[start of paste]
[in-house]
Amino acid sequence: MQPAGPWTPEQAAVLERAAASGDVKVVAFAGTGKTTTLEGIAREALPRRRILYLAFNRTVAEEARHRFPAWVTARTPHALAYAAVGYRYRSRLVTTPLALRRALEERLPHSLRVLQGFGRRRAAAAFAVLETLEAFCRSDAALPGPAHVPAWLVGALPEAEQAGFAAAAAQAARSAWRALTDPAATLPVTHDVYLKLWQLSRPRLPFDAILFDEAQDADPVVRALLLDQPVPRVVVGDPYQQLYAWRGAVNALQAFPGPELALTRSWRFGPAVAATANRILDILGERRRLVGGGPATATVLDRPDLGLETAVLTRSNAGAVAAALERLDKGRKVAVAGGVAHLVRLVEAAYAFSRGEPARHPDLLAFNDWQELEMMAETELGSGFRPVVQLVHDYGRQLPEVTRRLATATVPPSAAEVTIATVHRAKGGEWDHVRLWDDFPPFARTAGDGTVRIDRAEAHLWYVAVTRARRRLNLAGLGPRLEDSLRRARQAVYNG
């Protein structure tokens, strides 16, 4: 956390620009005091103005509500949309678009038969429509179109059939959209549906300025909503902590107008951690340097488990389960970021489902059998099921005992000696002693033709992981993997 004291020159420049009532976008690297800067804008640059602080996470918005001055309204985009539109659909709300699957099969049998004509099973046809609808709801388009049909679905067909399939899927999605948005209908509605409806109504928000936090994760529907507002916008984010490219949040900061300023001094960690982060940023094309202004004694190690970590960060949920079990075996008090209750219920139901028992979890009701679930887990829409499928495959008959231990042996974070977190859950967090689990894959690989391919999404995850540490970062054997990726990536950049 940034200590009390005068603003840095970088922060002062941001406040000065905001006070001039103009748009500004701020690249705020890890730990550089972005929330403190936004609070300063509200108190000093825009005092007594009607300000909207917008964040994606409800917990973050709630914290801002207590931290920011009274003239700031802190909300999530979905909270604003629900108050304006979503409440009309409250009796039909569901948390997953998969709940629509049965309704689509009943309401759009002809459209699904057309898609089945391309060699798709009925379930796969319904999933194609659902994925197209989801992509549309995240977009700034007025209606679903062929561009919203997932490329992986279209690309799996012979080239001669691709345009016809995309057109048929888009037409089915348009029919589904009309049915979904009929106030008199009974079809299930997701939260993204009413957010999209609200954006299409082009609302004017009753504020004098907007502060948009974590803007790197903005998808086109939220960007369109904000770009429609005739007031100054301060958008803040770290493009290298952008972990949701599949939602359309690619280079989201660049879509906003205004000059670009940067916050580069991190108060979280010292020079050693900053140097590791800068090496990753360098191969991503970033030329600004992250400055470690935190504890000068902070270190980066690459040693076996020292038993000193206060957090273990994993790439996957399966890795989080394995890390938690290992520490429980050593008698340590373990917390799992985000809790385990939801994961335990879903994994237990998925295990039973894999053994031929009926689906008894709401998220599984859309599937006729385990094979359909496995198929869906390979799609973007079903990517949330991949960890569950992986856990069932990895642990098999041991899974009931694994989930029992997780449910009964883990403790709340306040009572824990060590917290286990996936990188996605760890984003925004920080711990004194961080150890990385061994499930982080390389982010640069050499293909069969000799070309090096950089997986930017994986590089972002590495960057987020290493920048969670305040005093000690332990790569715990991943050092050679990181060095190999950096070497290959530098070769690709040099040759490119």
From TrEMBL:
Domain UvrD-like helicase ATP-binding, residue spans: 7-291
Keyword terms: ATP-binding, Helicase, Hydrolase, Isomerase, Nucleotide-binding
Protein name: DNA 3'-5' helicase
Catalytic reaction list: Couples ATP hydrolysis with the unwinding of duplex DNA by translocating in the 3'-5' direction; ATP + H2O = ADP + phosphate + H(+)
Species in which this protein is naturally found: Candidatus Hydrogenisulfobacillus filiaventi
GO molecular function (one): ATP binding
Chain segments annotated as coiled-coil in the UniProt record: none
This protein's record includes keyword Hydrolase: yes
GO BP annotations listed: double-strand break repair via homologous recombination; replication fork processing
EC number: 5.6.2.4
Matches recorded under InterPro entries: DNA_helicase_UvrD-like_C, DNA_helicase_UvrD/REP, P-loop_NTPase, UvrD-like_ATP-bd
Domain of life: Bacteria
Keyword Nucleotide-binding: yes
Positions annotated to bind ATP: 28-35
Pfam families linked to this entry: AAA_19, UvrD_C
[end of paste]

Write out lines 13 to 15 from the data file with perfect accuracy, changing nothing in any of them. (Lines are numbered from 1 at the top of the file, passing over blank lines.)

GO BP annotations listed: double-strand break repair via homologous recombination; replication fork processing
EC number: 5.6.2.4
Matches recorded under InterPro entries: DNA_helicase_UvrD-like_C, DNA_helicase_UvrD/REP, P-loop_NTPase, UvrD-like_ATP-bd